On The Naming of Rooms

We recently moved into a new house. The previous elderly owners, on the circuit board, christened each room with names like ‘Dining Room’, ‘Breakfast Room’, ‘Snug’, etc. ­– names that become increasingly alien as the functions of rooms evolve with a family of three small children. A dumping ground for toys, for instance, has become the ‘Play Room’, although the logic behind this name, i.e. that the room contains toys, could be applied to any room in the house as convoys of plastic ponies line saddle-boards, Lego robots set up bases on window ledges and lockers, and bags of assorted playthings, including the odd missing key or bankcard reader, are deposited on every floor. 
Then there are the more surreal arrangements that have even less regard of room nomenclature: a dozen paper female faces adorned with stuck-on jewellery each one ‘having a rest’ on its own cushion distributed across the ‘Sitting / Living / TV Room’ floor; a fluffy toy cat imprisoned in a metal frame removed from a vegetable rack in ‘The Yellow Room’.
In summer the conservatory is ‘The Warm Room’. In winter the conservatory is ‘The Cold Room’. It is sometimes referred to as ‘The Yellow Room’ but there are two rooms papered in yellow and this can be problematic.
Rooms where we eat disregard the time of day – the breakfast room is also where we dine.  
The spare bedroom is sometimes named after the one who spends most time there. ‘Granny’s Room’.
As a child two new rooms were added to our family home. Only one was christened ‘The New Room’ – a name it still carries today. The other was a former garage, therefore not technically a new room, but its transformation was such that it needed a new name. My mother proposed, or imposed, ‘The Utility Room’. It sounded overly technical at the time, and my brothers and I initially put up some resistance but eventually it grew into its new title.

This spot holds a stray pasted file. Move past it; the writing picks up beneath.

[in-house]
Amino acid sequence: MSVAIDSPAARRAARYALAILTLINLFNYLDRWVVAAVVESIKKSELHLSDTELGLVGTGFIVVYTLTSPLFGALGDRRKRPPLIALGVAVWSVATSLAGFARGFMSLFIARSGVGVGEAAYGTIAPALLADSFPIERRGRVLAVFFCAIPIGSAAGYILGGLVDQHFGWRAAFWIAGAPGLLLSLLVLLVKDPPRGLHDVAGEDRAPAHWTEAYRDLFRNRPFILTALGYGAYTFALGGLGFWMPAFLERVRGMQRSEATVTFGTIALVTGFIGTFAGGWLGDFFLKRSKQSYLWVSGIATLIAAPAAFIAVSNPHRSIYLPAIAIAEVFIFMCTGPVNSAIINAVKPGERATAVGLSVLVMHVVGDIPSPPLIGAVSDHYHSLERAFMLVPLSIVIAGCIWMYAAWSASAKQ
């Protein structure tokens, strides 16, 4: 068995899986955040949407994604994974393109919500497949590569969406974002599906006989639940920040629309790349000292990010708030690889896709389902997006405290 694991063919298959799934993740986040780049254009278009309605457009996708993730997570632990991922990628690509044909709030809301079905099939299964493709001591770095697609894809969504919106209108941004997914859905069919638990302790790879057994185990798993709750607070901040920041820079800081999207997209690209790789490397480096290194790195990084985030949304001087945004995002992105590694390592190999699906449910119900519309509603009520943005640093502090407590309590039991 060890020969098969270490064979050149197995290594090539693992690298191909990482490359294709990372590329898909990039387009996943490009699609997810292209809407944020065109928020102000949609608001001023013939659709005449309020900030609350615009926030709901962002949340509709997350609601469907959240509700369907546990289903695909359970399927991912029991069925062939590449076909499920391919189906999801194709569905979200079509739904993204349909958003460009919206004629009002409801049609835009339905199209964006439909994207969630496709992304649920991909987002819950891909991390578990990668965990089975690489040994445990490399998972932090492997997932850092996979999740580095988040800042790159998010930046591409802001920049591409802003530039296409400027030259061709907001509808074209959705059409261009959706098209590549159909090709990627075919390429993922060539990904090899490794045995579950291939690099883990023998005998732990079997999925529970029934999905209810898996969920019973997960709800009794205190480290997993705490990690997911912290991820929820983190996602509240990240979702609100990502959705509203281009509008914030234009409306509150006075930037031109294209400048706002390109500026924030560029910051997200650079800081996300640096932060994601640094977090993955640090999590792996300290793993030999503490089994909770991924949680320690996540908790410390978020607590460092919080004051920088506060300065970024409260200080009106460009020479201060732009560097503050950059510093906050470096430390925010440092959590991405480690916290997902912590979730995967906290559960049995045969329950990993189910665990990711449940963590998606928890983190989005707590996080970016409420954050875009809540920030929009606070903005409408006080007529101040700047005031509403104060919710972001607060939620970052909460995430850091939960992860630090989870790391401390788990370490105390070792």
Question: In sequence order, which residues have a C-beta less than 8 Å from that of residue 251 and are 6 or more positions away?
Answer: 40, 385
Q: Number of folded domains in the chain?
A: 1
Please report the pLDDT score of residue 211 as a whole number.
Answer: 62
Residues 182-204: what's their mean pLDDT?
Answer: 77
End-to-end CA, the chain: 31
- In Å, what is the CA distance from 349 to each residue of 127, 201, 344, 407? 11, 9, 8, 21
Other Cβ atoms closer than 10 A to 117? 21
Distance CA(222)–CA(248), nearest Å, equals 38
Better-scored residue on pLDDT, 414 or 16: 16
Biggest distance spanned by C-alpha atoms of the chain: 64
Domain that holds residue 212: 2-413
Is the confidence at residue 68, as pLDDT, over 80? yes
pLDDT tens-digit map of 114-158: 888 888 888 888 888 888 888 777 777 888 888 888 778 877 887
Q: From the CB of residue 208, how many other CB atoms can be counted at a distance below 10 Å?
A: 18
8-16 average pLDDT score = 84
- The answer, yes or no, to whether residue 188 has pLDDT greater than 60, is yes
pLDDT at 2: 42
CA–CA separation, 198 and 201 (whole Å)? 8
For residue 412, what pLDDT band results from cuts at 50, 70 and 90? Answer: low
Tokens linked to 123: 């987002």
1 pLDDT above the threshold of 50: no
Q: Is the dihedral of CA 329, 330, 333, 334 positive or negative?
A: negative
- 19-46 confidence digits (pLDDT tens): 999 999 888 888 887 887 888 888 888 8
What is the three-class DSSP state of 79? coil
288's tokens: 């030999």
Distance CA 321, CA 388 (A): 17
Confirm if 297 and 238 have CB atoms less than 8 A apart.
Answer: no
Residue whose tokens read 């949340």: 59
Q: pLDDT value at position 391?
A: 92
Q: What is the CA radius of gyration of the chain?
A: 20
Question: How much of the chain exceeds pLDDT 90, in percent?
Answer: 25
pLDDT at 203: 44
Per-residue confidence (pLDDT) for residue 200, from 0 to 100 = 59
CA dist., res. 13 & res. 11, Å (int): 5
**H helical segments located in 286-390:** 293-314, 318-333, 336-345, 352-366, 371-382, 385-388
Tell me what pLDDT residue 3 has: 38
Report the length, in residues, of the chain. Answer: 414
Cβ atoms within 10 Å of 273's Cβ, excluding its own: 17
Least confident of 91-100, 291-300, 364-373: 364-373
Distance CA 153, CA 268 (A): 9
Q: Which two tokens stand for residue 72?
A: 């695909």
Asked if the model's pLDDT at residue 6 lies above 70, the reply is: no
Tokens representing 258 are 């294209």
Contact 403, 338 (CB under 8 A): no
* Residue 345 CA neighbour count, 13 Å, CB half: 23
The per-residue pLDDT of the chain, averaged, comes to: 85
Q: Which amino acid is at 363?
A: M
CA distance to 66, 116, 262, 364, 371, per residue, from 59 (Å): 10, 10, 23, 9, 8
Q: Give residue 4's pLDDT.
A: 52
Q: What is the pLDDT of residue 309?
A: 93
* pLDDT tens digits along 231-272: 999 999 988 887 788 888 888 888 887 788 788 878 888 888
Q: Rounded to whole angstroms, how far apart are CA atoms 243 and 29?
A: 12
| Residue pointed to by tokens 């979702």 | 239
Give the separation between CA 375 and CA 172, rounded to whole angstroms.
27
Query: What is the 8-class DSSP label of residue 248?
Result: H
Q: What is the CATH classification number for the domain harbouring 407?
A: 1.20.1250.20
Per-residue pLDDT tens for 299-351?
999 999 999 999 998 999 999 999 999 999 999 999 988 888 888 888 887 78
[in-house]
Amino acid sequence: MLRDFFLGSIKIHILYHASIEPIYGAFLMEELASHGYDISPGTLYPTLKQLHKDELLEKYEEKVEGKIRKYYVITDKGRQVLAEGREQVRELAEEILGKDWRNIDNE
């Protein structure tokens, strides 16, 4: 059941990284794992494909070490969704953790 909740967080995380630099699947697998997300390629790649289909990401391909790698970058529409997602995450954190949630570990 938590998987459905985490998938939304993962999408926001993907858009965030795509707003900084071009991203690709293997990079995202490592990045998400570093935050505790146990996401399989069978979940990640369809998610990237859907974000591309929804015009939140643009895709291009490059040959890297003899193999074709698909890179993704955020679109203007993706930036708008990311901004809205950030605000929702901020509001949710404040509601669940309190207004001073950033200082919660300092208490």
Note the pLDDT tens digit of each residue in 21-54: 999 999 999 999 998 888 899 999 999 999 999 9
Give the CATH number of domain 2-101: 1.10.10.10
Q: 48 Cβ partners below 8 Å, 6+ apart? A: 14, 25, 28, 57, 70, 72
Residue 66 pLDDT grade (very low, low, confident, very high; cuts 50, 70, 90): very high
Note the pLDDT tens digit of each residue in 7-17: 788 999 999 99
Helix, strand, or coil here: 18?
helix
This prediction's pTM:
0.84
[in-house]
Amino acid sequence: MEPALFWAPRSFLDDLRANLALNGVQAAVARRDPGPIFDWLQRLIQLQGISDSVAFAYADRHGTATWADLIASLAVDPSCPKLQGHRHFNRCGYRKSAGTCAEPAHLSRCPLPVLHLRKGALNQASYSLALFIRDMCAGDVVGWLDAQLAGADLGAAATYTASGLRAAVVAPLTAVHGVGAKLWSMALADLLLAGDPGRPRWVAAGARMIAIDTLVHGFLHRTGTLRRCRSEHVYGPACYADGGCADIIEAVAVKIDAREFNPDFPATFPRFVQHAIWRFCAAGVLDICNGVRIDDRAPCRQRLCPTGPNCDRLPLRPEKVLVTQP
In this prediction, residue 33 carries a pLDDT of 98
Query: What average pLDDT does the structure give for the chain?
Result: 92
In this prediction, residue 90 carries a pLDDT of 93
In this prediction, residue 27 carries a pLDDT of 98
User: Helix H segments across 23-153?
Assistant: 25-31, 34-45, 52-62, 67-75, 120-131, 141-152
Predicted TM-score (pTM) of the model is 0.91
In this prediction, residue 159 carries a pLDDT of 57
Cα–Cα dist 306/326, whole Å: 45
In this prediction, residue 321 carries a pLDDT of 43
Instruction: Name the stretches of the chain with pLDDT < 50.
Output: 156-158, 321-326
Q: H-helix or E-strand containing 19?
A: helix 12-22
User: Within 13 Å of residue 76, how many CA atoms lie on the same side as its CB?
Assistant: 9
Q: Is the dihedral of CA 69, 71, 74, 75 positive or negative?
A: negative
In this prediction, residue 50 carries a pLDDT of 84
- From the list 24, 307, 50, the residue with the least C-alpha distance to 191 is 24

Even further back there was my mother’s mother’s home which had three rooms downstairs and a tiny hallway. There was the ‘sitting room’ with its faded Fragonard over the fireplace, the kitchen with its pipes and condensation, and a third sparse room, named with a simplicity I can only aspire to; it was known as ‘The Room’.
I once enquired as to why ‘The Room’ was named so; nobody could tell me the answer. It had just always been ‘The Room’. I guess its function changed over the years: my uncles’ bedroom, and then when everyone had moved on and she could no longer climb the stairs it became Nana’s bedroom. And finally before ‘she’ left the house for the last time it was where we held her wake.
But one fact remained constant throughout all those years. It was always ‘The Room’.

by Jonathan Brennan (www.aptalops.com)

Originally published on The Bogman’s Cannon